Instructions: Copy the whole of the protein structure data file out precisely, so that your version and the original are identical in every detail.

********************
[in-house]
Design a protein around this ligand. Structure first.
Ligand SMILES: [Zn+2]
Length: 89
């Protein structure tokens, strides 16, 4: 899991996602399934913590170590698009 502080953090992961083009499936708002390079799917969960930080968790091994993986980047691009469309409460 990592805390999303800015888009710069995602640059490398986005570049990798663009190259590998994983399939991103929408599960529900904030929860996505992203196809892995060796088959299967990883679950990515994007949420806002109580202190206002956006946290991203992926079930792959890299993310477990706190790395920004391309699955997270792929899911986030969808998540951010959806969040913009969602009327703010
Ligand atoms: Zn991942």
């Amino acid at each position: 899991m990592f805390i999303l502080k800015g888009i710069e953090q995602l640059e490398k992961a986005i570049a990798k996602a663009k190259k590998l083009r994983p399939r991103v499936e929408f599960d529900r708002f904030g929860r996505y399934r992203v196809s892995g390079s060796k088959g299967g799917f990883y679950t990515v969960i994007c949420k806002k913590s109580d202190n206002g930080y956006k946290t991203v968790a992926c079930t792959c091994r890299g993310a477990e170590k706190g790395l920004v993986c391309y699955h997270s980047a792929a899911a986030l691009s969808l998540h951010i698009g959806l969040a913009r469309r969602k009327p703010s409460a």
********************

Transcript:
[in-house]
Design a protein around this ligand. Structure first.
Ligand SMILES: [Zn+2]
Length: 89
């Protein structure tokens, strides 16, 4: 899991996602399934913590170590698009 502080953090992961083009499936708002390079799917969960930080968790091994993986980047691009469309409460 990592805390999303800015888009710069995602640059490398986005570049990798663009190259590998994983399939991103929408599960529900904030929860996505992203196809892995060796088959299967990883679950990515994007949420806002109580202190206002956006946290991203992926079930792959890299993310477990706190790395920004391309699955997270792929899911986030969808998540951010959806969040913009969602009327703010
Ligand atoms: Zn991942």
């Amino acid at each position: 899991m990592f805390i999303l502080k800015g888009i710069e953090q995602l640059e490398k992961a986005i570049a990798k996602a663009k190259k590998l083009r994983p399939r991103v499936e929408f599960d529900r708002f904030g929860r996505y399934r992203v196809s892995g390079s060796k088959g299967g799917f990883y679950t990515v969960i994007c949420k806002k913590s109580d202190n206002g930080y956006k946290t991203v968790a992926c079930t792959c091994r890299g993310a477990e170590k706190g790395l920004v993986c391309y699955h997270s980047a792929a899911a986030l691009s969808l998540h951010i698009g959806l969040a913009r469309r969602k009327p703010s409460a």